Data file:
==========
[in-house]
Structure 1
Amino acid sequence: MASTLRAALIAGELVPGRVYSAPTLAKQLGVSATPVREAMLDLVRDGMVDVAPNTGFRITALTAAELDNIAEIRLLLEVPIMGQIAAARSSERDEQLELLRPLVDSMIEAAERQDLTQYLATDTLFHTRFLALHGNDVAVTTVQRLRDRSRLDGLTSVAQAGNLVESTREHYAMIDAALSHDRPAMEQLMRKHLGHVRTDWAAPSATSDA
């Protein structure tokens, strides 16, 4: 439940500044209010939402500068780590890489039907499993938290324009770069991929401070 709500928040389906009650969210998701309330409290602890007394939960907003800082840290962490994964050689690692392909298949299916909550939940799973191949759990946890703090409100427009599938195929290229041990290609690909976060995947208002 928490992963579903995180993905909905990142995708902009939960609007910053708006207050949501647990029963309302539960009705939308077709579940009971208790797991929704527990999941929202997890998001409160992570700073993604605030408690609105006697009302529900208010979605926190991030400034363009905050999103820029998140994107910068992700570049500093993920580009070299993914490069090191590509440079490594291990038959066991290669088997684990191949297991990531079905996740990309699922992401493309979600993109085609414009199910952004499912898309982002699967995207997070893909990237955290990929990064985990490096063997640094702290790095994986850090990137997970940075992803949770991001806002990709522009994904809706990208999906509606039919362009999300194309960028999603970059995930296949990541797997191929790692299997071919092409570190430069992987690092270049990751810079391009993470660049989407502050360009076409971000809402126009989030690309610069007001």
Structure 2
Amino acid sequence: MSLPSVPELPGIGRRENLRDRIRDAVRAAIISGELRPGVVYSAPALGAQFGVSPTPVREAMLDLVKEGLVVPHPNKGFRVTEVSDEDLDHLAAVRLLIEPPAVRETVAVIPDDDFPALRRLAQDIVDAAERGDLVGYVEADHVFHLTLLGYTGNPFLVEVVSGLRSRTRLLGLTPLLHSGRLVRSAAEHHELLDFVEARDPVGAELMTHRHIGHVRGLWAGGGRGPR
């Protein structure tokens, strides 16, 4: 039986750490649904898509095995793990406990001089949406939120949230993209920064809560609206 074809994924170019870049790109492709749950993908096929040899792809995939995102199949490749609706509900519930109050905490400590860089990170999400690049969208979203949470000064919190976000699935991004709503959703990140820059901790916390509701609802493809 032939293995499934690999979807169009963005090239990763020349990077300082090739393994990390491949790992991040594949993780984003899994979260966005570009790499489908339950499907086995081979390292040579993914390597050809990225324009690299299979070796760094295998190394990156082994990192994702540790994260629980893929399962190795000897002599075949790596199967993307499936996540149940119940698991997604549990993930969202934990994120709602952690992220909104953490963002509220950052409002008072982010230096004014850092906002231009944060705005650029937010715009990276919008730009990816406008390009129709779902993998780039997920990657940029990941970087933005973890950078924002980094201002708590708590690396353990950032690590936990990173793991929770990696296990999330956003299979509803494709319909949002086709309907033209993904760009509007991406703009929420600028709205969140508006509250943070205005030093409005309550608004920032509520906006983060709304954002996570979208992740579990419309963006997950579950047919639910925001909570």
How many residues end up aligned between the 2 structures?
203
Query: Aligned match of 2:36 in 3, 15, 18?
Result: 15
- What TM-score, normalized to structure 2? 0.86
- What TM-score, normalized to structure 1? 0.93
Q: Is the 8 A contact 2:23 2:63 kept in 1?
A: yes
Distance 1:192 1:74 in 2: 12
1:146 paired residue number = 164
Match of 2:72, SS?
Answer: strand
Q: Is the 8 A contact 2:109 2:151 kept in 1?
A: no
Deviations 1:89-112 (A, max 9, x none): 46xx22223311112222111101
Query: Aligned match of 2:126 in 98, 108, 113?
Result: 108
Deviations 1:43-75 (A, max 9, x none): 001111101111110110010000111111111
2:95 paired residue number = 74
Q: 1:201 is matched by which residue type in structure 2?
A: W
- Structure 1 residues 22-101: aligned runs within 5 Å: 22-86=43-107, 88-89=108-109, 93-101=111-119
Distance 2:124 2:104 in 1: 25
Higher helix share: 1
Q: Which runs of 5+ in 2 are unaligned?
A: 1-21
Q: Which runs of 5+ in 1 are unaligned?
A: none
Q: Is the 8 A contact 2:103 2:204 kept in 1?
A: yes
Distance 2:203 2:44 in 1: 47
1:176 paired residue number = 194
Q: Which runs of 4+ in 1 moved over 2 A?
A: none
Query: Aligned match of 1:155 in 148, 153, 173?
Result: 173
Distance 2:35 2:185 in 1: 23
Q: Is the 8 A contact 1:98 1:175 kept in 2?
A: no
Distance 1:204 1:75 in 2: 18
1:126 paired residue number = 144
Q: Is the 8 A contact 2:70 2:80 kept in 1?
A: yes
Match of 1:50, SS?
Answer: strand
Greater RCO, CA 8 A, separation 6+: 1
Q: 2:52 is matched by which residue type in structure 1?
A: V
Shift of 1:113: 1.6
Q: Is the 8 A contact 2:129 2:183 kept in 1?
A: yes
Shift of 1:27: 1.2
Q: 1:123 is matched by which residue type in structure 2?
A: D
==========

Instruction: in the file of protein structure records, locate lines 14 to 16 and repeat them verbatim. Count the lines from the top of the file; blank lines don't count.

Q: Is the 8 A contact 2:23 2:63 kept in 1?
A: yes
Distance 1:192 1:74 in 2: 12